‘Livesey Light’ and the lack thereof!

Rock Island Line - Tryfan
Of late, folk around here have been describing a certain set of weather conditions as ‘Livesey Light’ which usually goes a bit like this…a dark, glowering sky with patches of brightly lit landscape. It’s certainly a trademark of my photography and I am flattered that it is being recognised. However, the moment I take a photograph with a clear blue sky –not my preference, I admit- I get told off; “That’s not Livesey Light” they say! More of that anon…
I’ve had two good sessions this week and the first was an after work trip up Moel Siabod where I had the summit to myself and found all manner of atmospheric conditions, including ‘Livesey Light’, an ‘extravaganza crepuscular’ and Siabod’s shadow being cast over ‘Bleaksville’ below. It wasn’t half cold up there and really blowy too, but I couldn’t tear myself away until the light had faded and my appetite satisfied. I then ran most of the way down, slowing only to stumble in darkness through the plantation above Plas y Brenin; summit to sofa in about 50 minutes and job done!
The next couple of days were almost unbearable as I watched through the windows of my workplace incredible scenes of temperature inversions with Mymbyr a cauldron of swirling gobsmackery. Would these conditions last until my day off?
The Lledr Valley - Explored

 

The magic of Eryri
Well, yesterday it was time find out and I dragged my hungover and grumpy self up onto Cefn y Capel, sweating and cursing at Rob and Julie for plying me with pints of Leffe the night before. Will I ever learn?
Once on the featurless tableland of the Cefn it was into the clag and although I know the lie of the land really well I felt a little bit naughty for not taking a map and compass with me. What would mountain rescue say when heaving me out of a bog? Now a lot, as I wouldn’t be calling them after my phone died a few weeks ago on Crimpiau in rather inclement weather! Anyway, where was I?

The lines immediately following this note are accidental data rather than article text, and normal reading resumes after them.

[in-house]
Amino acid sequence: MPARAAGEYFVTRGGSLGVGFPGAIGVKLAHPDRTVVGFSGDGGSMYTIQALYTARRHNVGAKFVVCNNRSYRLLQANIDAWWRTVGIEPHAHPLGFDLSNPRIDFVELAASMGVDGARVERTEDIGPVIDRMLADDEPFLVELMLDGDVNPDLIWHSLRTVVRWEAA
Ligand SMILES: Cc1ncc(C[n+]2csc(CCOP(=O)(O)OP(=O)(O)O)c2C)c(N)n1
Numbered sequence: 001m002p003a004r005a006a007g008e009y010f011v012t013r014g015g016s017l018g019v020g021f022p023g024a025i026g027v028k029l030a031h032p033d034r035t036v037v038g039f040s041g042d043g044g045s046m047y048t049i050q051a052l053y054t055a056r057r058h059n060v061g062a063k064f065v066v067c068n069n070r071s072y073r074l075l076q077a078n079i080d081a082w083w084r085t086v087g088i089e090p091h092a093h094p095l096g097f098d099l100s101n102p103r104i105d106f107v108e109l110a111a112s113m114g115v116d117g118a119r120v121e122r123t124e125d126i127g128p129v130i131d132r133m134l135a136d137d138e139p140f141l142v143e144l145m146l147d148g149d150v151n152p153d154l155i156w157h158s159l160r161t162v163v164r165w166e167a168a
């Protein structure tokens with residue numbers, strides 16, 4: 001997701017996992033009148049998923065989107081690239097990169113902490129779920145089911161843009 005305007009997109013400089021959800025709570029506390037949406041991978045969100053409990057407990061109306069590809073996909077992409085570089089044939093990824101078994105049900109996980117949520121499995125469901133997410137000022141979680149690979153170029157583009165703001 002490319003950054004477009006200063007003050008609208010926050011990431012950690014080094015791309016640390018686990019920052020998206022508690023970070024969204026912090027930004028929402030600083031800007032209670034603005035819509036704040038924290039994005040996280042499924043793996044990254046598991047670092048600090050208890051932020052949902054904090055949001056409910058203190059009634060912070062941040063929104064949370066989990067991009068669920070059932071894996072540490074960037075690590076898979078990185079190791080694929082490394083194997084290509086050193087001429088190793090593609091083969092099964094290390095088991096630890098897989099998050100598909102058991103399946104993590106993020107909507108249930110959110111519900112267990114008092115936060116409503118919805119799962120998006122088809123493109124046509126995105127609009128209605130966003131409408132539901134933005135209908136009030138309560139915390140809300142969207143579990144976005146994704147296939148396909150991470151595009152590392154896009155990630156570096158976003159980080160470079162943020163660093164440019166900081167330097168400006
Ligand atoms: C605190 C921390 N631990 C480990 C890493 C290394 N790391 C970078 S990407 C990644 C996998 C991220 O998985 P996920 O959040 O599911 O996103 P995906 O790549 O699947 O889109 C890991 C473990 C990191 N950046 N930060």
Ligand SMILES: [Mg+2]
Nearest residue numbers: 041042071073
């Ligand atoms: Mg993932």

The weather men had hinted that there may be a chance of an inversion but it felt too warm low down so I forgot about that and put my head down in the name of getting some exercise. I took a break at the wall beneath the steep pull up to Gallt yr Ogof and swore I felt drizzle. Pah!!!
Onwards and upwards, the path seeming steeper with every step until I wondered if my eyes were playing tricks on me. Above was the faintest hint of blue. Game on. I breathlessly summited Gallt yr Ogof and waited for twenty minutes. It wasn’t quite happening and I realised I needed a bit more height so ran over to the next peak, Y Foel Goch. On my arrival I was left speechless and never have I been so happy to see a clear blue sky, for below was a sea of cloud, a full on temperature inversion for stretching as far as the eye could see. Before long the inversion began to dip into Cwm Tryfan and I sensed an opportunity to grab a shot from Llyn y Caseg Fraith, which, while not the shot I have in mind (that’ll need Livesey Light), one worth taking in such unusual condtions.
I wasn’t disappointed either and with a couple of good shots in the bag I walked back up Y Foel Goch where I had an hour’s kip before heading to the ‘Tynni’ for a bowl of chips and hair of the dog! So, it seems as though there’s more to mountain photography than Livesey Light but I’ll tell you this for nothing, I won’t be making a habit of it!
Siabod's Shadow

 

 

 

Close Encounters - The Snowdon Massif

 

 

 

The Dragon's Back

 

 

Mr Blue Sky - Llyn y Caseg Fraith

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~ by nicklivesey on September 24, 2013.

3 Responses to “‘Livesey Light’ and the lack thereof!”

  1. Very good Nicky.

  2. Fantastic images, yet again Nick

  3. PINTS of Leffe?? I thought that was illegal!
    Breathtaking pictures.

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